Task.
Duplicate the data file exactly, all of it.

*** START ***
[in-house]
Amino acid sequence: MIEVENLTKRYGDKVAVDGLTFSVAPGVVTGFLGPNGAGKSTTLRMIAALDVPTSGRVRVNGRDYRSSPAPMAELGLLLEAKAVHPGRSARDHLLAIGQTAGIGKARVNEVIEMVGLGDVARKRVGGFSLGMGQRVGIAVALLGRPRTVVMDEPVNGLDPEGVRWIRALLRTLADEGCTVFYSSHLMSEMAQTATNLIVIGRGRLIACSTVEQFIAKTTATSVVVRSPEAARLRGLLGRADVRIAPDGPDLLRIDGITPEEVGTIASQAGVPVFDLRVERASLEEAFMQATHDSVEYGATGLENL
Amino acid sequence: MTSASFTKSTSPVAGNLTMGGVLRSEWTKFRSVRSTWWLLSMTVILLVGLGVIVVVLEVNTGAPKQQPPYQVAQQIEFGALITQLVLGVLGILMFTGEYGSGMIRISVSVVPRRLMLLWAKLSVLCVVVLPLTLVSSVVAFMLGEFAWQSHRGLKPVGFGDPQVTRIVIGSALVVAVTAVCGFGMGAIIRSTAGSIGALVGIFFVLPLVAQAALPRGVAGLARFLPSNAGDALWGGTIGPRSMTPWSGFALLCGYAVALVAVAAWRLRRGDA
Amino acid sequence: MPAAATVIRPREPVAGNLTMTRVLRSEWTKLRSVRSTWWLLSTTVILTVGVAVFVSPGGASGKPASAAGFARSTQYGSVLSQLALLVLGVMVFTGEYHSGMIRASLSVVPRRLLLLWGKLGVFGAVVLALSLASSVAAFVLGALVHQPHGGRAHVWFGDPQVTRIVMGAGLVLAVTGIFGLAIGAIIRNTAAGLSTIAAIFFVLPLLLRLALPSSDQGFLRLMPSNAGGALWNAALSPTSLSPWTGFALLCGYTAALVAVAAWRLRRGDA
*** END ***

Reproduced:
[in-house]
Amino acid sequence: MIEVENLTKRYGDKVAVDGLTFSVAPGVVTGFLGPNGAGKSTTLRMIAALDVPTSGRVRVNGRDYRSSPAPMAELGLLLEAKAVHPGRSARDHLLAIGQTAGIGKARVNEVIEMVGLGDVARKRVGGFSLGMGQRVGIAVALLGRPRTVVMDEPVNGLDPEGVRWIRALLRTLADEGCTVFYSSHLMSEMAQTATNLIVIGRGRLIACSTVEQFIAKTTATSVVVRSPEAARLRGLLGRADVRIAPDGPDLLRIDGITPEEVGTIASQAGVPVFDLRVERASLEEAFMQATHDSVEYGATGLENL
Amino acid sequence: MTSASFTKSTSPVAGNLTMGGVLRSEWTKFRSVRSTWWLLSMTVILLVGLGVIVVVLEVNTGAPKQQPPYQVAQQIEFGALITQLVLGVLGILMFTGEYGSGMIRISVSVVPRRLMLLWAKLSVLCVVVLPLTLVSSVVAFMLGEFAWQSHRGLKPVGFGDPQVTRIVIGSALVVAVTAVCGFGMGAIIRSTAGSIGALVGIFFVLPLVAQAALPRGVAGLARFLPSNAGDALWGGTIGPRSMTPWSGFALLCGYAVALVAVAAWRLRRGDA
Amino acid sequence: MPAAATVIRPREPVAGNLTMTRVLRSEWTKLRSVRSTWWLLSTTVILTVGVAVFVSPGGASGKPASAAGFARSTQYGSVLSQLALLVLGVMVFTGEYHSGMIRASLSVVPRRLLLLWGKLGVFGAVVLALSLASSVAAFVLGALVHQPHGGRAHVWFGDPQVTRIVMGAGLVLAVTGIFGLAIGAIIRNTAAGLSTIAAIFFVLPLLLRLALPSSDQGFLRLMPSNAGGALWNAALSPTSLSPWTGFALLCGYTAALVAVAAWRLRRGDA